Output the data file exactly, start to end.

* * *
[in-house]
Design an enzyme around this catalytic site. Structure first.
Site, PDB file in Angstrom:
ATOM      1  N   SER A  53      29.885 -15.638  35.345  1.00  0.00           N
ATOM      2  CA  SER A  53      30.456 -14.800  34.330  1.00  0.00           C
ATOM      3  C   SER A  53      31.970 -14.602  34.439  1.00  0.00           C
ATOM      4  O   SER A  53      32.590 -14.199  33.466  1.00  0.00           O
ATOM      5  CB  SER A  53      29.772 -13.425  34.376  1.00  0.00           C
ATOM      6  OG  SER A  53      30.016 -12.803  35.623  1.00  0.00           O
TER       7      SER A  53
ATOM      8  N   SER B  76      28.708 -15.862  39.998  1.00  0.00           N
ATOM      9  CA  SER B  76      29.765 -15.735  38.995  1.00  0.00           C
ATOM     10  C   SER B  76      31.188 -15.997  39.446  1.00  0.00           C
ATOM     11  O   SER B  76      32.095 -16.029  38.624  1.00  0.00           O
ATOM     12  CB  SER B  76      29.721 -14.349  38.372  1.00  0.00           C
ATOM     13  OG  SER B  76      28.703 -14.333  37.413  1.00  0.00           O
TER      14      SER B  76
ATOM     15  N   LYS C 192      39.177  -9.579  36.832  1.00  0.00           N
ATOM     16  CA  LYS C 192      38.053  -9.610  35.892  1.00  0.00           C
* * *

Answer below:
[in-house]
Design an enzyme around this catalytic site. Structure first.
Site, PDB file in Angstrom:
ATOM      1  N   SER A  53      29.885 -15.638  35.345  1.00  0.00           N
ATOM      2  CA  SER A  53      30.456 -14.800  34.330  1.00  0.00           C
ATOM      3  C   SER A  53      31.970 -14.602  34.439  1.00  0.00           C
ATOM      4  O   SER A  53      32.590 -14.199  33.466  1.00  0.00           O
ATOM      5  CB  SER A  53      29.772 -13.425  34.376  1.00  0.00           C
ATOM      6  OG  SER A  53      30.016 -12.803  35.623  1.00  0.00           O
TER       7      SER A  53
ATOM      8  N   SER B  76      28.708 -15.862  39.998  1.00  0.00           N
ATOM      9  CA  SER B  76      29.765 -15.735  38.995  1.00  0.00           C
ATOM     10  C   SER B  76      31.188 -15.997  39.446  1.00  0.00           C
ATOM     11  O   SER B  76      32.095 -16.029  38.624  1.00  0.00           O
ATOM     12  CB  SER B  76      29.721 -14.349  38.372  1.00  0.00           C
ATOM     13  OG  SER B  76      28.703 -14.333  37.413  1.00  0.00           O
TER      14      SER B  76
ATOM     15  N   LYS C 192      39.177  -9.579  36.832  1.00  0.00           N
ATOM     16  CA  LYS C 192      38.053  -9.610  35.892  1.00  0.00           C